Broken Toe: Teen Version
What is a broken toe?
A broken toe is a break (fracture) in a toe bone. The break can occur in any of the toe bones. You may have a break in several places or the break may be in the joint between toe bones.
How does it occur?
A broken toe can occur several ways. Broken toes are commonly caused by a direct hit (such as kicking a hard object or something landing on the toe). A toe can also break from a twisting type of injury.
If you play a sport where you don't wear shoes (such as martial arts, ballet, gymnastics) you are at an increased risk for a toe injury.
What are the symptoms?
You will have pain, swelling, and tenderness in the toe. It will be hard to walk or run.
Your toe may turn black and blue. You may get bleeding or discoloration underneath your toenail. Your toenail may eventually come off.
How is it diagnosed?
Your provider will review your symptoms, ask about how the injury occurred, and examine you. A toe fracture is diagnosed by an X-ray showing a break in the bone.
How is it treated?
The treatment depends on the type of fracture you have. Usually the broken toe is taped to the toe directly next to it. In rare cases surgery must be done to fix the broken bone.
To treat this condition:
- Put an ice pack, gel pack, or package of frozen vegetables, wrapped in a cloth on the area every 3 to 4 hours, for up to 20 minutes at a time.
- Raise your foot on a pillow when you sit or lie down.
- Take an anti-inflammatory such as ibuprofen, or other medicine as directed by your provider. Nonsteroidal anti-inflammatory medicines (NSAIDs) may cause stomach bleeding and other problems. These risks increase with age. Read the label and take as directed. Unless recommended by your healthcare provider, do not take for more than 10 days.
Your provider may advise you to wear stiff-soled shoes. You may also be given crutches until you can walk without pain.
If your toenail is loose and has not yet fallen off, keep a Band-Aid around it.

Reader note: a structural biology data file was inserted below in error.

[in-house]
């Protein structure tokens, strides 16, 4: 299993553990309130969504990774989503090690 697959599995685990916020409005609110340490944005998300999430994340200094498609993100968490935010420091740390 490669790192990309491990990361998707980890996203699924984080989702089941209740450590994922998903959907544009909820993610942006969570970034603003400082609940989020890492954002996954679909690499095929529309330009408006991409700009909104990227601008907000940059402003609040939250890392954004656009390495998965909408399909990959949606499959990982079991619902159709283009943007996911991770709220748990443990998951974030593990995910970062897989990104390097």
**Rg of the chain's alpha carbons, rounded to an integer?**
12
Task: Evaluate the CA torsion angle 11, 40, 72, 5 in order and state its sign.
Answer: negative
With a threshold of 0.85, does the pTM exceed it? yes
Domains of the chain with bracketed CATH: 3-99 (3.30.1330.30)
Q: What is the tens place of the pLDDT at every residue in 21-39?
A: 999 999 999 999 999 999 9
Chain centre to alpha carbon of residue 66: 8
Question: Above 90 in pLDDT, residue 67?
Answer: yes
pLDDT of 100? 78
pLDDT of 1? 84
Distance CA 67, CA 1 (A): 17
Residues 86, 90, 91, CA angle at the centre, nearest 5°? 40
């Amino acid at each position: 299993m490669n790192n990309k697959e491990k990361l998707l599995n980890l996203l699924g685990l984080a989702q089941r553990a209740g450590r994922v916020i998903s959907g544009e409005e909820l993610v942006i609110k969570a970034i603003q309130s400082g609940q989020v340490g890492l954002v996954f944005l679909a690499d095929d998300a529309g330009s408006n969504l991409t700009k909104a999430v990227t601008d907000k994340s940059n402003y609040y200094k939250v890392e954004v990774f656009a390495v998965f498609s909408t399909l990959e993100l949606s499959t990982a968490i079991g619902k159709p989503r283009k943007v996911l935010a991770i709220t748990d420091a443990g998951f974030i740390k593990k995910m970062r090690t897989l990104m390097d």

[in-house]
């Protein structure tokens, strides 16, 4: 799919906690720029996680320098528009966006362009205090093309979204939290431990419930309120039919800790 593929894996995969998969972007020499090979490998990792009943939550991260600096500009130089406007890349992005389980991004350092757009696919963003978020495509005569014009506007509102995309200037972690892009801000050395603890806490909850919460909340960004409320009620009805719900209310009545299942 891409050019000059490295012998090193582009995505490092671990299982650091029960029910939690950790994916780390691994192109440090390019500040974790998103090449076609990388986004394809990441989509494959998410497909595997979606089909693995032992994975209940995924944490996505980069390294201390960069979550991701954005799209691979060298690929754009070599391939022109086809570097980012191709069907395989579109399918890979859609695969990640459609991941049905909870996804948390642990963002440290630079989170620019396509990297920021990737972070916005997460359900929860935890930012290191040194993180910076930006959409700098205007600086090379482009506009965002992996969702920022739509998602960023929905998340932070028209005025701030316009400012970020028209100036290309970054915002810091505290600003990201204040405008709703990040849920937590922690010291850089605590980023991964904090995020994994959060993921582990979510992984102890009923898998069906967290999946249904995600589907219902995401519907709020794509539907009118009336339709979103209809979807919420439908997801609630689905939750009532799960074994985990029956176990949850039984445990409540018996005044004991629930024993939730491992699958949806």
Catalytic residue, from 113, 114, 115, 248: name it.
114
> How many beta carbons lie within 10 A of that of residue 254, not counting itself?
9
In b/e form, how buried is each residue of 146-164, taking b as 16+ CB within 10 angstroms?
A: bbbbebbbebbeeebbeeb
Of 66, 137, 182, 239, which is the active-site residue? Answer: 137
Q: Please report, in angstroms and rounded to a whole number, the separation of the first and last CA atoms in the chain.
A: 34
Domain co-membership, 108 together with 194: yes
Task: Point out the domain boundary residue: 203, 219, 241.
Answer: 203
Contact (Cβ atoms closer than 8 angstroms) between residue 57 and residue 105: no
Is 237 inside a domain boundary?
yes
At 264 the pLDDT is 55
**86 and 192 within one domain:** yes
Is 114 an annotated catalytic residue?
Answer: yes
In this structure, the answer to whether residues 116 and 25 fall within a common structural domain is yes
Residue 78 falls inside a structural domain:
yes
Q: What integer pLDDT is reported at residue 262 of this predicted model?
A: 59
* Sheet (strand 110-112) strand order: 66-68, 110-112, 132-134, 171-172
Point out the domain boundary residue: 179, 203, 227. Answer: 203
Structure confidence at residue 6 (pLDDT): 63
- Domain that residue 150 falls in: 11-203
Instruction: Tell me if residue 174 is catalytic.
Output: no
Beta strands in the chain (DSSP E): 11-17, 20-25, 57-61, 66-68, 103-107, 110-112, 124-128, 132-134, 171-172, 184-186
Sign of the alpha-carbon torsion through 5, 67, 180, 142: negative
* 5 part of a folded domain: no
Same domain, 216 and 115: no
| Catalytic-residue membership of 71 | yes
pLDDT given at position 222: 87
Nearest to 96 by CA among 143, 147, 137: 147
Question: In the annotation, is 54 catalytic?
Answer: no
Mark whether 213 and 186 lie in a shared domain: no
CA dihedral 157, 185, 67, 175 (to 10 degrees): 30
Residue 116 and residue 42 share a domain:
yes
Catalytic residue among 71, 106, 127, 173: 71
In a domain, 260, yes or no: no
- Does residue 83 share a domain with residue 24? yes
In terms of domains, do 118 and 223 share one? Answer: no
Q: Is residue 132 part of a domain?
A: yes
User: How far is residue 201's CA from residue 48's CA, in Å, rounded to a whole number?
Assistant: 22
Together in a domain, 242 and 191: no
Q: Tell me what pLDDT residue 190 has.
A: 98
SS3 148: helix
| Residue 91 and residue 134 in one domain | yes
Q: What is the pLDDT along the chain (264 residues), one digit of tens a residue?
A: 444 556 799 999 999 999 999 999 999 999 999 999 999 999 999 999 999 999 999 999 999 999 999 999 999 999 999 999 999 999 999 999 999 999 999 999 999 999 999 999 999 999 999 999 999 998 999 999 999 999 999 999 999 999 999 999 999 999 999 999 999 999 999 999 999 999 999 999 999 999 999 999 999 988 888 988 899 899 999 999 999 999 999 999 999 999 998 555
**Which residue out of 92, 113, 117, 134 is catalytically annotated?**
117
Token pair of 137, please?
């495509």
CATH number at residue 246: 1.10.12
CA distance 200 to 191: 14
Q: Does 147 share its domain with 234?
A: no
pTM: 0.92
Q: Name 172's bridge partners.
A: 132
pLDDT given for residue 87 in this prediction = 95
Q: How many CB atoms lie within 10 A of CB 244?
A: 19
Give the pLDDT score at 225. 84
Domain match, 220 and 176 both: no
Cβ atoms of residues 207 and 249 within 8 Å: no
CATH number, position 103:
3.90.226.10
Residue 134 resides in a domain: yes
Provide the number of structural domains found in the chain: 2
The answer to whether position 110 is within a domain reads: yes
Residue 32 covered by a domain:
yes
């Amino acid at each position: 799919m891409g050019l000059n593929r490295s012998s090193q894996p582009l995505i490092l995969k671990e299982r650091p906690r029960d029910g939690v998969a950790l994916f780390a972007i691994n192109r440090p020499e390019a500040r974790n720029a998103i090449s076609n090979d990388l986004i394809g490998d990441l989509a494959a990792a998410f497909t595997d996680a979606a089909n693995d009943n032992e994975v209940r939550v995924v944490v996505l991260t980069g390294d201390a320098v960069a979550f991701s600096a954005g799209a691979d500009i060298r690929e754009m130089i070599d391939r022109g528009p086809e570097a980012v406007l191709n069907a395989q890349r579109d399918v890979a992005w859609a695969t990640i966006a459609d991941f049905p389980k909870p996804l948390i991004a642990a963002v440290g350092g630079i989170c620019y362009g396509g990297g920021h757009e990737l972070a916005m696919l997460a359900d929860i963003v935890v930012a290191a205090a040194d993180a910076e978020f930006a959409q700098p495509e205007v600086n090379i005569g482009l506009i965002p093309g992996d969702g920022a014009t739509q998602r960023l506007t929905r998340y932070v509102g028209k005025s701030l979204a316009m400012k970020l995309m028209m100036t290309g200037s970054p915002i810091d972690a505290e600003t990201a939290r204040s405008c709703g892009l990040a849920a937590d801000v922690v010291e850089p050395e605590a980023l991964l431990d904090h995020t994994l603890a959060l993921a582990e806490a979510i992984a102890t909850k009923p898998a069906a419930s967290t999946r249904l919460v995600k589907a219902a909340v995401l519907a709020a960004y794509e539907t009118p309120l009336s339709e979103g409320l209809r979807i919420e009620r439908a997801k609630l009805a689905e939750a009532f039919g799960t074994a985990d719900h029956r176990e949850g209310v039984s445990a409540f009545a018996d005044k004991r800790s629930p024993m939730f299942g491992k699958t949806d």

How long do the effects last?
It usually takes 4 to 6 weeks for a broken toe to heal. If the fracture goes into a joint your toe may continue to feel stiff and can lose some range of motion. You may develop arthritis over time. Sometimes a toe may become shorter after a fracture.
When can I return to my normal activities?
Everyone recovers from an injury at a different rate. Return to your activities depends on how soon your toe recovers, not by how many days or weeks it has been since your injury has occurred. The goal is to return to your normal activities as soon as is safely possible. If you return too soon you may worsen your injury.
You may safely return to your normal activity when you can walk straight ahead without pain or limping.
How can I prevent a toe fracture?
Most toe fractures are caused by accidents that cannot be prevented. However it is important to wear proper fitting footwear and avoid playing or running on surfaces that are uneven.
Written by Pierre Rouzier, MD.
Published by RelayHealth.
Last modified: 2011-02-08
Last reviewed: 2010-06-21
This content is reviewed periodically and is subject to change as new health information becomes
available. The information is intended to inform and educate and is not a replacement for medical
evaluation, advice, diagnosis or treatment by a health care professional.